Oh! I had no idea of the lore. I thought they were like a cousin of our Pacific NW Bigfoot and why they were located along the Pacific Crest Trail. I didn't realize they were actual people who turned into wendigos. Well now, doesn't it make this an even more classic trope of those who are different being targeted by those who don't understand them? I get they kill people to eat but isn't that why one shouldn't hike alone? I mean, at least in the world you've created.
Wouldn’t that be cannibalism victim blaming? I’d blame the boy less, but if they’re not born wendigos then it’s the result of their choices. Plus, if no one hikes alone I wouldn’t get films like Into the Wild with Emile Hirsch and Reese Witherspoon in Wild, which was the film that made me think the Pacific rest Trail would be a great place for a family of wendigos. Tracks with Mia Wasikowska was also really good. I like films about people wandering off into the wilderness.
Haha! Yes, I guess it would be. Those are great films and exactly what I'm talking about; although, I haven't seen Tracks. I do like films with people going their own way but it does come with risk and one must be prepared to pay the toll for the glory of wandering...
If you want to read actual lore about them, reading short stories in fantasy won't give you the actual lore. Here is a site for that: https://www.thecanadianencyclopedia.ca/en/article/windigo
Thanks for the link, Hannah. That’s really interesting. I’ve always liked monster lore. The bit about the wendigos/windigos representing injustices like the forced residential schools Native Canadians had to go and we’re basically murdered at is depressing. I keep reading about that on news websites. The mass unmarked graves at those schools are horrific. Western nations have more than just slavery to atone for. The genocide of native populations in the colonies is something that survivors of those schools still remember.
Hi Graham! This is an interesting one for me, for sure. My husband is an American hunter. I would hope that every hunter holds a code of universal ethics around the sport and the life they take. I think your choice to make it fantasy adds a whole other side to this debate so this story is one I will hold in my mind and chew over a bit. I have to tell you I loved the formatting of this story most of all. It forced me to slow down and speed up in all the right places. I loved this line most of all: Hunger came second to anger for the first...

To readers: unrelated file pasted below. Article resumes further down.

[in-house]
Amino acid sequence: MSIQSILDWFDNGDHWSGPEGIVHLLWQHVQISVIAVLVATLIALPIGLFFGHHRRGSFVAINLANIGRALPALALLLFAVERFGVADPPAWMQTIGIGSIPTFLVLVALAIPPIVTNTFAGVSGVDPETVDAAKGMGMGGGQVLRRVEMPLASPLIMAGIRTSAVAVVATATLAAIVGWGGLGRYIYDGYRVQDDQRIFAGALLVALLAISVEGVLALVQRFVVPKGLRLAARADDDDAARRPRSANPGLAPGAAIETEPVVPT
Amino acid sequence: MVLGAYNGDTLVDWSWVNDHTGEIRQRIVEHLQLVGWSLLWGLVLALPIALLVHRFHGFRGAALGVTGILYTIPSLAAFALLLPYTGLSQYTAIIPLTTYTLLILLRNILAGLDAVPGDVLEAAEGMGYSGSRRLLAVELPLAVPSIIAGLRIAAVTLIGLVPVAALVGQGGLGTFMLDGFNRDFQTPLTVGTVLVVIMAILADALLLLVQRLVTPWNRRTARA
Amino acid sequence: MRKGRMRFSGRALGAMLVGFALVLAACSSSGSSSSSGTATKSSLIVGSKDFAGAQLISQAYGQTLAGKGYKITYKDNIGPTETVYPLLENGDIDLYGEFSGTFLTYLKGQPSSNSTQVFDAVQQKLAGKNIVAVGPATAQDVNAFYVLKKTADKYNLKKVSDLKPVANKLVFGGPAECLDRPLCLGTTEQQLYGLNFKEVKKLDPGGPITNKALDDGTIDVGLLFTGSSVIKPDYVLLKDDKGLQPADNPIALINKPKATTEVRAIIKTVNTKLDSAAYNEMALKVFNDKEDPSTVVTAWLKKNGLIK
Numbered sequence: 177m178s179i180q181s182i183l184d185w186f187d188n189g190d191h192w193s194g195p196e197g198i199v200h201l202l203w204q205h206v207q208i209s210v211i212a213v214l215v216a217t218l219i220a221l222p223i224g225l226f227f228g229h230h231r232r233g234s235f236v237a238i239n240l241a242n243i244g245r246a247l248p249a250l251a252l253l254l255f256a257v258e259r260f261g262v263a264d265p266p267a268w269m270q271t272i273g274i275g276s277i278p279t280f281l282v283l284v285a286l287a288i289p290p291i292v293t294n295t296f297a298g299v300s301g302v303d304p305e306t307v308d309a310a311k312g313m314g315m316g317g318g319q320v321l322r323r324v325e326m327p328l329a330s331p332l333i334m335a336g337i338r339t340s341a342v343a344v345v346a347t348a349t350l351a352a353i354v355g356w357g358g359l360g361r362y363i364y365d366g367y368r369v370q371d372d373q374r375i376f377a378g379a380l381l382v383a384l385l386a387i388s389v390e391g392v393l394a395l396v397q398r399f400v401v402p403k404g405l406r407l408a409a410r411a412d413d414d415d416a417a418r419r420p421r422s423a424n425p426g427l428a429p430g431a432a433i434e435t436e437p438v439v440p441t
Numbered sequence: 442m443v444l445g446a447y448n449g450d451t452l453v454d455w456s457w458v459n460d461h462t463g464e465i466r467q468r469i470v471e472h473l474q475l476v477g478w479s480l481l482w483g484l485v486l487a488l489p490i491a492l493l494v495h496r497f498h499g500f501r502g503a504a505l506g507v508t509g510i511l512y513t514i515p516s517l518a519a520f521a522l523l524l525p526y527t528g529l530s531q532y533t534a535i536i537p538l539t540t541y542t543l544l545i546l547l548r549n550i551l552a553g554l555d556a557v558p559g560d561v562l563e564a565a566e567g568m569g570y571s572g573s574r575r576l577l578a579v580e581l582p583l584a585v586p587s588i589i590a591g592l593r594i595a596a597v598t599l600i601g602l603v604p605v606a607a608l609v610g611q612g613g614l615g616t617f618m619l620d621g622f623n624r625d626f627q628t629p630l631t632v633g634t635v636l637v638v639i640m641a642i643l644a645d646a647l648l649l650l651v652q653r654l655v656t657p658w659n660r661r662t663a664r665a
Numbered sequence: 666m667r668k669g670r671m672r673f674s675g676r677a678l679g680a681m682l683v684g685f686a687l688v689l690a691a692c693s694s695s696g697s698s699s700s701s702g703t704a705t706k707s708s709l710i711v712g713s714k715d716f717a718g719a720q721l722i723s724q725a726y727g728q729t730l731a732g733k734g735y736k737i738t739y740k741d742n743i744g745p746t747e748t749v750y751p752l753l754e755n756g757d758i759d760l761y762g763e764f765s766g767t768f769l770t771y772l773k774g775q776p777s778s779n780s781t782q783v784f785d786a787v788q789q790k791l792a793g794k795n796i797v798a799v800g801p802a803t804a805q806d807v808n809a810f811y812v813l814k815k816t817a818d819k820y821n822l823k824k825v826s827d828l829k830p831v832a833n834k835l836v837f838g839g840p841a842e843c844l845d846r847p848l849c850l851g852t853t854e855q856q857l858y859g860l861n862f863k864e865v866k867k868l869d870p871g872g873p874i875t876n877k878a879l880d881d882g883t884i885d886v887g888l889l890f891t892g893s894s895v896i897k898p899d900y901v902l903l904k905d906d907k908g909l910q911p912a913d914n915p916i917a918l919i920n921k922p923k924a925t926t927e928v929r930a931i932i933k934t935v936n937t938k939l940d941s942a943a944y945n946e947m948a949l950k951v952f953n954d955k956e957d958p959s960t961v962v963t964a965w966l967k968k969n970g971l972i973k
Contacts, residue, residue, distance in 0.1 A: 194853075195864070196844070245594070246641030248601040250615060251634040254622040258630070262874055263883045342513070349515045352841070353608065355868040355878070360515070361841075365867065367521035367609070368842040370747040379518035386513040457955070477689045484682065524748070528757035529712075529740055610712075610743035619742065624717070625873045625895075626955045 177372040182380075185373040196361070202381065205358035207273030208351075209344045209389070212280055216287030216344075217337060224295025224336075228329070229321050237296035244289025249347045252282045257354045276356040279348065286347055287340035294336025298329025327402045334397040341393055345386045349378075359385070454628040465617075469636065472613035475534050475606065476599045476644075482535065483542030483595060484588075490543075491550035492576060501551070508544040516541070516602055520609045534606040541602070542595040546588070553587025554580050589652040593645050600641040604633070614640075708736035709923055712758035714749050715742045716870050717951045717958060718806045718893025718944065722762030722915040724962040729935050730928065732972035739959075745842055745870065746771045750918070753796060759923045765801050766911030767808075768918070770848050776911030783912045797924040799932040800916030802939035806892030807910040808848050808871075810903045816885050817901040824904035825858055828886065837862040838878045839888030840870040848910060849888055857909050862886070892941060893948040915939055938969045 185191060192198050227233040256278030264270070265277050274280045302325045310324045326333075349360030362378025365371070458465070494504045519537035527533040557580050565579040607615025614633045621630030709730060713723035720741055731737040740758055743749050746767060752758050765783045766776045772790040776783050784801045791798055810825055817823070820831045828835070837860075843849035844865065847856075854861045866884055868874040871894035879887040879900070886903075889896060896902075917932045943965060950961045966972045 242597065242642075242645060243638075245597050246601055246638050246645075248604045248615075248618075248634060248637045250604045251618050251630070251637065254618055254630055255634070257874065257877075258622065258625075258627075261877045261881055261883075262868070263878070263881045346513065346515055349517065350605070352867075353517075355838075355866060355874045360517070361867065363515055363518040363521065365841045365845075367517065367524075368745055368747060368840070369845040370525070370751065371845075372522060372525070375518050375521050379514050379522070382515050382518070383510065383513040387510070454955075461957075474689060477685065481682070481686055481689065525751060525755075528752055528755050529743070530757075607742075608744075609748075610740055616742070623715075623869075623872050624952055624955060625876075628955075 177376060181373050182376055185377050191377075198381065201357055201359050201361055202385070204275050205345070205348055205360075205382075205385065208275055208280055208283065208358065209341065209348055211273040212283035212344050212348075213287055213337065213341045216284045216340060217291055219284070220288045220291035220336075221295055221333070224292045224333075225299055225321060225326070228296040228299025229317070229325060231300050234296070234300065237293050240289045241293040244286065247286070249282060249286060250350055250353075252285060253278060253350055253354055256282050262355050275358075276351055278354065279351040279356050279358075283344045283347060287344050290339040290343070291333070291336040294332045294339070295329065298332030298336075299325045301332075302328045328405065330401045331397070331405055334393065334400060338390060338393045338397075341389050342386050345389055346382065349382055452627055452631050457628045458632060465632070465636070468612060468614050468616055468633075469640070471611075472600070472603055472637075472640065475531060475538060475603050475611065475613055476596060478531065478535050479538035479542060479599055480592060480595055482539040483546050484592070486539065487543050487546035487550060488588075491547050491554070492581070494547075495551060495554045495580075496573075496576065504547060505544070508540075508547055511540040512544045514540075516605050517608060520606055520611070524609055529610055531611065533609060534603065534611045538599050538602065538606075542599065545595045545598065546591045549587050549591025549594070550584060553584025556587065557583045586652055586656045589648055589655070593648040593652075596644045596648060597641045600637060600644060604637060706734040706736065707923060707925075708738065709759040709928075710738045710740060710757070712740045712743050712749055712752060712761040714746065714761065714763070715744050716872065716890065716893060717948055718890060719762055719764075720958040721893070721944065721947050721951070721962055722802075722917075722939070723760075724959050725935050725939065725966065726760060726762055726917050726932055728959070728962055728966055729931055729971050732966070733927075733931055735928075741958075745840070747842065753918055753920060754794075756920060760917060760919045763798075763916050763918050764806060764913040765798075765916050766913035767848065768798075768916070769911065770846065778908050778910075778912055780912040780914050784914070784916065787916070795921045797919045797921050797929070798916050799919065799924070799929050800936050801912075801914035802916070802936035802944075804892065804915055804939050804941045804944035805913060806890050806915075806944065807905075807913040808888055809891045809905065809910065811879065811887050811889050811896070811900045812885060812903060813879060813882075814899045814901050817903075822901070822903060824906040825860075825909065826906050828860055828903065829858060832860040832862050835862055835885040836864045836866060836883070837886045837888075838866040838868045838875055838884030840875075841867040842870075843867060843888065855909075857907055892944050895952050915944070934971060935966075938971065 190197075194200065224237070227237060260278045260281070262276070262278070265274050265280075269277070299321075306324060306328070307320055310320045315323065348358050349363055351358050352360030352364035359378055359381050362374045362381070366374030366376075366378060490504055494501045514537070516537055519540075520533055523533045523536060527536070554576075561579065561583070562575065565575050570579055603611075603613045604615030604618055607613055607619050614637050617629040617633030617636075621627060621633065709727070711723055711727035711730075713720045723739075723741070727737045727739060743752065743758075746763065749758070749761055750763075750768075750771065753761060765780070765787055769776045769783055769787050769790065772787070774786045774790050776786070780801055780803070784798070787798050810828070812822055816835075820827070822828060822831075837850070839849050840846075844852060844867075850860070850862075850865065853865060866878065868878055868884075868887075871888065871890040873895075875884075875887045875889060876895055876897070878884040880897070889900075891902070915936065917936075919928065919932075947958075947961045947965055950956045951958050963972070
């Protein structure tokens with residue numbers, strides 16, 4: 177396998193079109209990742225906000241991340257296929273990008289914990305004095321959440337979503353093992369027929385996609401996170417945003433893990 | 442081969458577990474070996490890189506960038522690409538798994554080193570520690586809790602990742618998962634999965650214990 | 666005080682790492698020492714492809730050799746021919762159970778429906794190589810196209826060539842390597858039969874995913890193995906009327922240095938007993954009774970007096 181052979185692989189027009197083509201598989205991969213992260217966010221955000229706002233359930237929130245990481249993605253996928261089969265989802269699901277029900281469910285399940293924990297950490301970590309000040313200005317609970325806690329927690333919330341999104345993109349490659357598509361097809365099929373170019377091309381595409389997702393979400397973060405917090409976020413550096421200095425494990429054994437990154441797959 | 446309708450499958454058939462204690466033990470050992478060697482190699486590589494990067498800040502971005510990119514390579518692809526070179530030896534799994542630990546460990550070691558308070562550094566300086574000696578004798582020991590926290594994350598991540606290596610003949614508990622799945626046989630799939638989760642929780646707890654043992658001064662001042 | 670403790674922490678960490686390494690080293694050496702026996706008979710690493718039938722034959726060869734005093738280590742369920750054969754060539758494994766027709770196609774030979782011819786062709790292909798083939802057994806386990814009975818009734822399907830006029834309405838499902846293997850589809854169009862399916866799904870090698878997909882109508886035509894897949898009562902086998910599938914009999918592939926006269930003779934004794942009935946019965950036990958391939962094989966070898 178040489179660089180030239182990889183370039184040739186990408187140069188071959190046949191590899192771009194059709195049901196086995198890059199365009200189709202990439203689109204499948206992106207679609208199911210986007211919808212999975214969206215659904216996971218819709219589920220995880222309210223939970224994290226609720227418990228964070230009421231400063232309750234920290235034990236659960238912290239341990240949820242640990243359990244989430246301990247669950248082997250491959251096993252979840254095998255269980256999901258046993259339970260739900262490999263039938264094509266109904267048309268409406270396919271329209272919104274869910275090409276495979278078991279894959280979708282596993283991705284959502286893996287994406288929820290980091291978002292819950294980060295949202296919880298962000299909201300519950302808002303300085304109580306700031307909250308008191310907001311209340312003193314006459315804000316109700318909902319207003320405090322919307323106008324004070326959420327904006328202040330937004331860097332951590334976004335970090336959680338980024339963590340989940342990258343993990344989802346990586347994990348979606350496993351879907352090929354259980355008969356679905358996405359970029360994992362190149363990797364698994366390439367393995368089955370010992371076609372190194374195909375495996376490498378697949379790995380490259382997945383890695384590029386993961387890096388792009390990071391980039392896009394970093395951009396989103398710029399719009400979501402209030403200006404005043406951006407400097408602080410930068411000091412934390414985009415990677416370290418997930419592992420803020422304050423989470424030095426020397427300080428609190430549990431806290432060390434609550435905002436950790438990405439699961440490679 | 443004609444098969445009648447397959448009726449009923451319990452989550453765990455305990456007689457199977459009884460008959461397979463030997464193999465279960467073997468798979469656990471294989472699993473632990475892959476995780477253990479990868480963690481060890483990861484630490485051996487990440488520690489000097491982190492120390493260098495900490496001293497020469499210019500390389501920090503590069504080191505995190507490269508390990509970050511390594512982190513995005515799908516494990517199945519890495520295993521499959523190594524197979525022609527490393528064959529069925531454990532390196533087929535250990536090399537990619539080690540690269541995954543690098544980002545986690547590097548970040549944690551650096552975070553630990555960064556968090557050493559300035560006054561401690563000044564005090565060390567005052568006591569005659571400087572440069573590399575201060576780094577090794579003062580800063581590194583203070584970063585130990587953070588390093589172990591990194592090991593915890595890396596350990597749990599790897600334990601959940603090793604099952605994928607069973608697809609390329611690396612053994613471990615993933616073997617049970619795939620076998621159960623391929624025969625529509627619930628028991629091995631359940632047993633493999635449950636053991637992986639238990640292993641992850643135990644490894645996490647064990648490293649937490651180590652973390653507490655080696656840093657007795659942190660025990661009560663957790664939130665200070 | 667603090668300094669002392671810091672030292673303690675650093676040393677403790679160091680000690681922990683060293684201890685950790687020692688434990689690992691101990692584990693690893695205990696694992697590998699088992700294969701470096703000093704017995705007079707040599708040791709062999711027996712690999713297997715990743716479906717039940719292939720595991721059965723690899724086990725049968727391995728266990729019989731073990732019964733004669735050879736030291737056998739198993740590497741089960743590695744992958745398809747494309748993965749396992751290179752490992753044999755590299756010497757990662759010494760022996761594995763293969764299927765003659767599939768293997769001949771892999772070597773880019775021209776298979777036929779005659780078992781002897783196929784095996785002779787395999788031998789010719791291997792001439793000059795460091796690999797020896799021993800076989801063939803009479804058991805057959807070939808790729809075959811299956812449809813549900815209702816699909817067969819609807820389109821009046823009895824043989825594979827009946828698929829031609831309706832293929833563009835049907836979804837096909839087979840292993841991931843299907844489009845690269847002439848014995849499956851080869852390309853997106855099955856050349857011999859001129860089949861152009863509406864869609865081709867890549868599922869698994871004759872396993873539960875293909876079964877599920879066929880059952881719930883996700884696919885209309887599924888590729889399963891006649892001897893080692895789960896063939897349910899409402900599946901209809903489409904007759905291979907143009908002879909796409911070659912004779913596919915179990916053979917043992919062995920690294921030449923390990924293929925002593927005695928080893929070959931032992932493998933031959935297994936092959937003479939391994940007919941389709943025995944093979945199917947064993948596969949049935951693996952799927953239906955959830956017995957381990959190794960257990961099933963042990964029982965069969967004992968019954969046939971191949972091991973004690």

Thank you Amanda. This is story number five though it doesn’t really matter reading them out of order so much. The first story in the series is Double Murder Al Fresco. https://blog.reedsy.com/short-story/fdu4oq/ Number two is Down in the Dark, Where the Hunters Lark. https://blog.reedsy.com/short-story/41hmue/ Three is Catch You Later. https://blog.reedsy.com/short-story/shsdvu/ Four is called J-Wocking. https://blog.reedsy.com/short-story/zoa4gx/
Great adventure that picks up speed right from the get go, and I really liked the mother/son relationship. I thought these were some *excellent* descriptions/sentences: “Splitting, cracking sounds from the fire echoed back from the silhouettes of the trees around the clearing. Stars winked down from the distant past.” “Their feet crunched on dry twigs. Boots squelched in sludge.” “Black night became blue twilight.”
Thank you, hopefully it works on its own. I’ve used these characters before and I wanted to keep their story going.
Riveting! I love how you just drop the reader right into the thick of it. It's like "no time to explain, shit's going down!" kind of vibe in the few stories I've read of yours. There were a few places that needed commas and capitalization, yadda yadda, but overall an awesome and exciting story!
I’ll have a look for the commas and capitalisation, feel free to point them out when you see them. Thank you for the kind words and the feedback. What are you working on for this week’s prompts?
OK, I re-read more thoroughly this time (without a toddler bouncing next to me, lol). I guess what I caught earlier were the lowercase "mom" and "dad" that were being used as names in places like this (and a few others): '“I’ll do it like you taught me, dad.” He grabbed a rifle, loaded a magazine into the handle and lay down on the floor, aiming at the doorway.' '“You get killed,” Darren finished. “I know mom. I know the saying.”' I'd also separate this statement with a comma: '“Sit down in Leatherface’s chair there and I’ll show you ho...
I’ve got more ideas but also a baby of my own so I’ll need to see if I have the time. Hopefully at the weekend. Thanks for those fixes. I’ll put them in.
Hey, Graham, that was a great story with an excellent twist. I enjoyed the mother/son relationship. My favourite line: “This place looks Chainsaw Massacre and smells like Chewbacca’s ball sack.” “I’m not even going to ask how you know what a Wookie’s testicles smell like. I found your diction to be outstanding, and this story flowed beautifully. I enjoyed this read. Thank you, Graham.
Thank you, Lily.
You are welcome. LF6